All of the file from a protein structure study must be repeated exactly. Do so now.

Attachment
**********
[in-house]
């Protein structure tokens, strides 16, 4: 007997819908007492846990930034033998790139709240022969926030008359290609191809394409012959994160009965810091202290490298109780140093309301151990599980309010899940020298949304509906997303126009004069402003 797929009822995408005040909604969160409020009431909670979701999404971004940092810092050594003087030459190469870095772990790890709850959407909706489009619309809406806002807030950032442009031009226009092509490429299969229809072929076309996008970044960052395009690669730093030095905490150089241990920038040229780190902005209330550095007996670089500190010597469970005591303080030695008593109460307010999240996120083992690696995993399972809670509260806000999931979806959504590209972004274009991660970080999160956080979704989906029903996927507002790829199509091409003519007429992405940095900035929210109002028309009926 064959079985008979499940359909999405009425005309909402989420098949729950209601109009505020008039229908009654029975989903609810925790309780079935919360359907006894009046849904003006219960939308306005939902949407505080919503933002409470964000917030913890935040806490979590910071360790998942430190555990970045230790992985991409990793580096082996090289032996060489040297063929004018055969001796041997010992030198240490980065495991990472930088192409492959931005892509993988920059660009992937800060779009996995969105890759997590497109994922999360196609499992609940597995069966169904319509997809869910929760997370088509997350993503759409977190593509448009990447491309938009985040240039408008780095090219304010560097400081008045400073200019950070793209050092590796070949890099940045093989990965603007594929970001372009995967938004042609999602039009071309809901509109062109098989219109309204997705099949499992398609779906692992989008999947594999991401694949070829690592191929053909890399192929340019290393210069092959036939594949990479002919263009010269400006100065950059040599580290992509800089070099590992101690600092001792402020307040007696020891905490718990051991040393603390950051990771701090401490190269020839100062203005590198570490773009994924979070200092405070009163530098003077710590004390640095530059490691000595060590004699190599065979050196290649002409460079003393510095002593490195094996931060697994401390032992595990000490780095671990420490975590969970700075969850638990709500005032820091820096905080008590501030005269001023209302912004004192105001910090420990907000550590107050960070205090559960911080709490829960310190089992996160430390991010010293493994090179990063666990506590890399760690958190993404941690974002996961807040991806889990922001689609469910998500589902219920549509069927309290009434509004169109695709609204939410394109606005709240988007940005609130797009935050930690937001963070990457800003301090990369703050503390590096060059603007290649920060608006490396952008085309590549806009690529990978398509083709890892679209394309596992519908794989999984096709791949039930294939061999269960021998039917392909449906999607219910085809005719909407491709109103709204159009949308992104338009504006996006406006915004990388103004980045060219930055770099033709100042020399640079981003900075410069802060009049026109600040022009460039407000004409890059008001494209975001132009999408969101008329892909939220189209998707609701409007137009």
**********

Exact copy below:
[in-house]
């Protein structure tokens, strides 16, 4: 007997819908007492846990930034033998790139709240022969926030008359290609191809394409012959994160009965810091202290490298109780140093309301151990599980309010899940020298949304509906997303126009004069402003 797929009822995408005040909604969160409020009431909670979701999404971004940092810092050594003087030459190469870095772990790890709850959407909706489009619309809406806002807030950032442009031009226009092509490429299969229809072929076309996008970044960052395009690669730093030095905490150089241990920038040229780190902005209330550095007996670089500190010597469970005591303080030695008593109460307010999240996120083992690696995993399972809670509260806000999931979806959504590209972004274009991660970080999160956080979704989906029903996927507002790829199509091409003519007429992405940095900035929210109002028309009926 064959079985008979499940359909999405009425005309909402989420098949729950209601109009505020008039229908009654029975989903609810925790309780079935919360359907006894009046849904003006219960939308306005939902949407505080919503933002409470964000917030913890935040806490979590910071360790998942430190555990970045230790992985991409990793580096082996090289032996060489040297063929004018055969001796041997010992030198240490980065495991990472930088192409492959931005892509993988920059660009992937800060779009996995969105890759997590497109994922999360196609499992609940597995069966169904319509997809869910929760997370088509997350993503759409977190593509448009990447491309938009985040240039408008780095090219304010560097400081008045400073200019950070793209050092590796070949890099940045093989990965603007594929970001372009995967938004042609999602039009071309809901509109062109098989219109309204997705099949499992398609779906692992989008999947594999991401694949070829690592191929053909890399192929340019290393210069092959036939594949990479002919263009010269400006100065950059040599580290992509800089070099590992101690600092001792402020307040007696020891905490718990051991040393603390950051990771701090401490190269020839100062203005590198570490773009994924979070200092405070009163530098003077710590004390640095530059490691000595060590004699190599065979050196290649002409460079003393510095002593490195094996931060697994401390032992595990000490780095671990420490975590969970700075969850638990709500005032820091820096905080008590501030005269001023209302912004004192105001910090420990907000550590107050960070205090559960911080709490829960310190089992996160430390991010010293493994090179990063666990506590890399760690958190993404941690974002996961807040991806889990922001689609469910998500589902219920549509069927309290009434509004169109695709609204939410394109606005709240988007940005609130797009935050930690937001963070990457800003301090990369703050503390590096060059603007290649920060608006490396952008085309590549806009690529990978398509083709890892679209394309596992519908794989999984096709791949039930294939061999269960021998039917392909449906999607219910085809005719909407491709109103709204159009949308992104338009504006996006406006915004990388103004980045060219930055770099033709100042020399640079981003900075410069802060009049026109600040022009460039407000004409890059008001494209975001132009999408969101008329892909939220189209998707609701409007137009």